The car steered badly. The girl stopped it and beckoned to Lorry.
“There’s something wrong with the steering-gear. Are the roads good from here to the next town?”
“Not too good. There’s some heavy sand about a mile west.”
She bit her lip. “Well, I suppose we’ll have to turn back.”
“You could get to Stacey, ma’am. You could get your car fixed, and my mother runs the hotel there. It’s a good place to stop.”
“About eight miles. Three miles back the road forks and the left-hand road goes to town. The regular automobile road don’t go to Stacey.”
“Well, I suppose there is nothing else to do. I’ll try and turn around.” And the girl backed the car and swung round in a wavering arc. When the car faced the east she stopped it.
Lorry rode alongside. She thanked him for his services. “And please don’t do anything to that man,” she pleaded. “He has been punished enough. You almost killed him. He looked so wretched. Can’t you give him a good talking to and let him go?”
“I could, ma’am. But it ain’t right. He’ll try this here stunt again. There’s a reward out for him.”
“But won’t you—please!”
Lorry flushed. “You got a good heart all right, but you ain’t been long in the West. Such as him steals hosses and holds up folks and robs trains—”
“But you’re not an officer,” she said, somewhat unkindly.
“I reckon any man is an officer when wimmin-folk is gettin’ robbed. And I aim to put him where he belongs.”
“Thank you for helping us,” said the girl’s mother.
“You’re right welcome, ma’am.” And, raising his hat, Lorry turned and rode to where the man lay.
The car crept up the slope. Lorry watched it until it had topped the ridge. Then he dismounted and turned the man over.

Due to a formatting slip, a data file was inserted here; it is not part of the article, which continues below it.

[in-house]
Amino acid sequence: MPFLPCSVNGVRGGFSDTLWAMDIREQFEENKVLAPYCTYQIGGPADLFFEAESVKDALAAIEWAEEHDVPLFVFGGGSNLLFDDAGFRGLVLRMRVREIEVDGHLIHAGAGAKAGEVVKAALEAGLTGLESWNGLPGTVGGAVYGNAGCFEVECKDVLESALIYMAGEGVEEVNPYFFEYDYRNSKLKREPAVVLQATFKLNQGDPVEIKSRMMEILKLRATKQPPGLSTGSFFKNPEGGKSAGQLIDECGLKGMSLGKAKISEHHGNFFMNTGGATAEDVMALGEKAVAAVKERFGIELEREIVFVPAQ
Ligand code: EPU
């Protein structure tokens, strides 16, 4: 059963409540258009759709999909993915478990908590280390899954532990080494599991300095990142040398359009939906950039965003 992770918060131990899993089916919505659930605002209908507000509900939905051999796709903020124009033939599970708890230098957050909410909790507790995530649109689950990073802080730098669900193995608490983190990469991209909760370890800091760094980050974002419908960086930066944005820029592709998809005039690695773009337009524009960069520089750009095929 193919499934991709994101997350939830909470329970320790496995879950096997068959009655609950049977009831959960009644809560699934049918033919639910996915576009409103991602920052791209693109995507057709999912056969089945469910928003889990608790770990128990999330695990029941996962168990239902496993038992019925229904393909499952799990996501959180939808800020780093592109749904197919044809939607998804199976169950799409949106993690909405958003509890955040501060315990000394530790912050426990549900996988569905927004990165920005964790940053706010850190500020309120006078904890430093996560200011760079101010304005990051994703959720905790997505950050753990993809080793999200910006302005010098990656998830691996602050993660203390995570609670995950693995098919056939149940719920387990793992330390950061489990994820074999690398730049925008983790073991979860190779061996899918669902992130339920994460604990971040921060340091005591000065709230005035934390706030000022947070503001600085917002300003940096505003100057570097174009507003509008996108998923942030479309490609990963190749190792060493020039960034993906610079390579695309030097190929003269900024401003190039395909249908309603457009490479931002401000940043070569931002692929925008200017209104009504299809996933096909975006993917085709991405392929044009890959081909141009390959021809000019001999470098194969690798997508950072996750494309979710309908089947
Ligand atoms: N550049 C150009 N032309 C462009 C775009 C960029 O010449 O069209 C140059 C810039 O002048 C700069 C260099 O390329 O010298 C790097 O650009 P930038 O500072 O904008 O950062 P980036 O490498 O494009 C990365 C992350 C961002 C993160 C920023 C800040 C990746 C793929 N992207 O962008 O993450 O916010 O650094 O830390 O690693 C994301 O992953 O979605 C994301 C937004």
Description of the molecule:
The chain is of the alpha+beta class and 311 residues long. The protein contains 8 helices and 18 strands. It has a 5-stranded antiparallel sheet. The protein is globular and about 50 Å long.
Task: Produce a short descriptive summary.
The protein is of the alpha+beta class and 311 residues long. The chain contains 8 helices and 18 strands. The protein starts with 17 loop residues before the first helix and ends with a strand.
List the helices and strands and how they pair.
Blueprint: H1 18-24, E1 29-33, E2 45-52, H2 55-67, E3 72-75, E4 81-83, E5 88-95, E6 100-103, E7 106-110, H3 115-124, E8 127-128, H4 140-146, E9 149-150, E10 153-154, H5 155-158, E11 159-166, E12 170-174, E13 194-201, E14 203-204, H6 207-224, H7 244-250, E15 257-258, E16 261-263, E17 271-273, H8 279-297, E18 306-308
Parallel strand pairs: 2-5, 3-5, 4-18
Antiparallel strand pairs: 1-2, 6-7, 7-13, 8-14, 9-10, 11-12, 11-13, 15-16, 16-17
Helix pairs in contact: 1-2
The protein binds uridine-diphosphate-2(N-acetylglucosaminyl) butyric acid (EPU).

“What you got to say about my turnin’ you loose?” he queried as the other sat up.
“All right. Get a movin’—and don’t try to run. I got my rope handy.”
The man’s rusty black coat was torn and wrinkled. His cheap cotton shirt was faded and buttonless. His boots were split at the sole, showing part of a bare foot. He was grimy, unshaven, and puffed unhealthily beneath the eyes. Lorry knew that he was but an indifferent rider without seeing him on a horse. He was a typical railroad tramp, turned highwayman.
“Got another gun on you?” queried Lorry.
The man shook his head.
“Where’d you steal that horse?”
“Who says I stole him?”
“I do. He’s a Starr horse. He was turned out account of goin’ lame. Hop along. I’ll take care of him.”
The man plodded across the sand. Lorry followed on Gray Leg, and led the other horse. Flares of noon heat shot up from the reddish-gray levels. Lorry whistled, outwardly serene, but inwardly perturbed. That girl had asked him to let the man go and she had said “please.” But, like all women, she didn’t understand such things.